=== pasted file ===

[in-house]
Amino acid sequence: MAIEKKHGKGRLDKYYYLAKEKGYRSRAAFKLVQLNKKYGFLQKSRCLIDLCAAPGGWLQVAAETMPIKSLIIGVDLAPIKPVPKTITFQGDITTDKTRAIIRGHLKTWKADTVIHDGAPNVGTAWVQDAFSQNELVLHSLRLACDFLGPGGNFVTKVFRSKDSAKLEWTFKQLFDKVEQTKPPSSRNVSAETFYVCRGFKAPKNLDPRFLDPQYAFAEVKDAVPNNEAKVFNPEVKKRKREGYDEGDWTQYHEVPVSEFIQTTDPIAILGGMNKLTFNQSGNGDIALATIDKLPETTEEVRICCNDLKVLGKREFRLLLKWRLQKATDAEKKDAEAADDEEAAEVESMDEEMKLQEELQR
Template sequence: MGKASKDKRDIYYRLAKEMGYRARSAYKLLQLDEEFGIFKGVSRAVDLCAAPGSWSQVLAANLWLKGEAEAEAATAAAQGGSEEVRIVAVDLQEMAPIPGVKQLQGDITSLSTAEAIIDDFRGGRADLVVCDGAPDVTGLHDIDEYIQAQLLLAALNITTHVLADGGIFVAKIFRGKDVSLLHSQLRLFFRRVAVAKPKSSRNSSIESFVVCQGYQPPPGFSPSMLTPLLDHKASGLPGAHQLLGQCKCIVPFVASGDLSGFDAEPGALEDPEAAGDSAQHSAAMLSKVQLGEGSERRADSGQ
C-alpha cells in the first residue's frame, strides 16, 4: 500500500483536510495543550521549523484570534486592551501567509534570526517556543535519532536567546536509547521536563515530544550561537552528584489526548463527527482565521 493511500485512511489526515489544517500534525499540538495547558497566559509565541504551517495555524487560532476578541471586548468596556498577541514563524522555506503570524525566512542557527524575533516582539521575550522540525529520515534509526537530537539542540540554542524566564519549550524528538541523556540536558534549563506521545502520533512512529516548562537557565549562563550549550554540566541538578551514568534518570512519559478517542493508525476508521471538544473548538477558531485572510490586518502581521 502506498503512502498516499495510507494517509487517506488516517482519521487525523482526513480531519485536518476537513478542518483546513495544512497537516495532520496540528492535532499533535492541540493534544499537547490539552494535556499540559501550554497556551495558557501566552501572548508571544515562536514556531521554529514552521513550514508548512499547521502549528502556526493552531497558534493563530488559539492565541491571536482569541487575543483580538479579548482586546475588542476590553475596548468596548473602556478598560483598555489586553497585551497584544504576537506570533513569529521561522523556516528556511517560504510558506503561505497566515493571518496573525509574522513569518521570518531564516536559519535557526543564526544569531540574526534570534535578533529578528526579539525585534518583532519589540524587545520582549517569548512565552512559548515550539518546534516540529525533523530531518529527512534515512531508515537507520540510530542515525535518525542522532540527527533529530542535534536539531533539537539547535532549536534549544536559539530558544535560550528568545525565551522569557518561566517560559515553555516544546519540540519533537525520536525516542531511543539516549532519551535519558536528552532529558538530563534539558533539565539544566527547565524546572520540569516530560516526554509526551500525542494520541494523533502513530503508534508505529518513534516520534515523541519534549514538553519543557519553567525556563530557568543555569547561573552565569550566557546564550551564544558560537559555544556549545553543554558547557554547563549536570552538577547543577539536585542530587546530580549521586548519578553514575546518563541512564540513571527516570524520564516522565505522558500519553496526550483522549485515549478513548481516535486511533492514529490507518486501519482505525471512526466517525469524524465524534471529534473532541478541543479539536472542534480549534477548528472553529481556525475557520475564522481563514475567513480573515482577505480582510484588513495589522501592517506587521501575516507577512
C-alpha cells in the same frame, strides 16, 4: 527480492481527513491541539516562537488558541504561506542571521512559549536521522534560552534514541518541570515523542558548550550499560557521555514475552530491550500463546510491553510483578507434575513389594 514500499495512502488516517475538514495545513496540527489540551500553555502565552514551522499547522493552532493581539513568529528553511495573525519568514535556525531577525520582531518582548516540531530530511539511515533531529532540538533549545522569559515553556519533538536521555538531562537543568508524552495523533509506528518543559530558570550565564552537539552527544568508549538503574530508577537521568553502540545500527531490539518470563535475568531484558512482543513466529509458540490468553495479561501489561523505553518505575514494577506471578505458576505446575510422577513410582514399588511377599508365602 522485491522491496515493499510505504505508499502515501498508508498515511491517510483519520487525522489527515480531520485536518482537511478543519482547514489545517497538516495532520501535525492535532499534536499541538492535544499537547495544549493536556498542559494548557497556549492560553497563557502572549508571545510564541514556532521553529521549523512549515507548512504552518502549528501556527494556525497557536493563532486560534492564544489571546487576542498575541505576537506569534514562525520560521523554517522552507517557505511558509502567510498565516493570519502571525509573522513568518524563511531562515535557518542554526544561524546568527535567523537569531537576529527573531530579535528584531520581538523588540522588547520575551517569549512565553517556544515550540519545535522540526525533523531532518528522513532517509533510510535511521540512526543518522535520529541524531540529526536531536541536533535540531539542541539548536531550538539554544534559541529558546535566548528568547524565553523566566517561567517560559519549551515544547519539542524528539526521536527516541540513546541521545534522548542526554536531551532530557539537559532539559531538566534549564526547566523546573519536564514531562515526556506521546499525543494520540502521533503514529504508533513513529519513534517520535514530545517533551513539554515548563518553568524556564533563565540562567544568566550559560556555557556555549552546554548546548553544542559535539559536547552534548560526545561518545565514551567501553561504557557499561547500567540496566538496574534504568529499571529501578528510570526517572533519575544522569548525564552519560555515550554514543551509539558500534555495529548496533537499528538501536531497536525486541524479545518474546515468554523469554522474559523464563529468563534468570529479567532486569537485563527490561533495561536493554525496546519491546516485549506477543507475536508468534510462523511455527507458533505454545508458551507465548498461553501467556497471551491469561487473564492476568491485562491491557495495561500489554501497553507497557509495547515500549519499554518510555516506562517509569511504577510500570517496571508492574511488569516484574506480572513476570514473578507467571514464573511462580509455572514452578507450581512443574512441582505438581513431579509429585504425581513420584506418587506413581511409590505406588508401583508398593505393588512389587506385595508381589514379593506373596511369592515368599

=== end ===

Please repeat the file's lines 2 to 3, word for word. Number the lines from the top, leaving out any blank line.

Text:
Amino acid sequence: MAIEKKHGKGRLDKYYYLAKEKGYRSRAAFKLVQLNKKYGFLQKSRCLIDLCAAPGGWLQVAAETMPIKSLIIGVDLAPIKPVPKTITFQGDITTDKTRAIIRGHLKTWKADTVIHDGAPNVGTAWVQDAFSQNELVLHSLRLACDFLGPGGNFVTKVFRSKDSAKLEWTFKQLFDKVEQTKPPSSRNVSAETFYVCRGFKAPKNLDPRFLDPQYAFAEVKDAVPNNEAKVFNPEVKKRKREGYDEGDWTQYHEVPVSEFIQTTDPIAILGGMNKLTFNQSGNGDIALATIDKLPETTEEVRICCNDLKVLGKREFRLLLKWRLQKATDAEKKDAEAADDEEAAEVESMDEEMKLQEELQR
Template sequence: MGKASKDKRDIYYRLAKEMGYRARSAYKLLQLDEEFGIFKGVSRAVDLCAAPGSWSQVLAANLWLKGEAEAEAATAAAQGGSEEVRIVAVDLQEMAPIPGVKQLQGDITSLSTAEAIIDDFRGGRADLVVCDGAPDVTGLHDIDEYIQAQLLLAALNITTHVLADGGIFVAKIFRGKDVSLLHSQLRLFFRRVAVAKPKSSRNSSIESFVVCQGYQPPPGFSPSMLTPLLDHKASGLPGAHQLLGQCKCIVPFVASGDLSGFDAEPGALEDPEAAGDSAQHSAAMLSKVQLGEGSERRADSGQ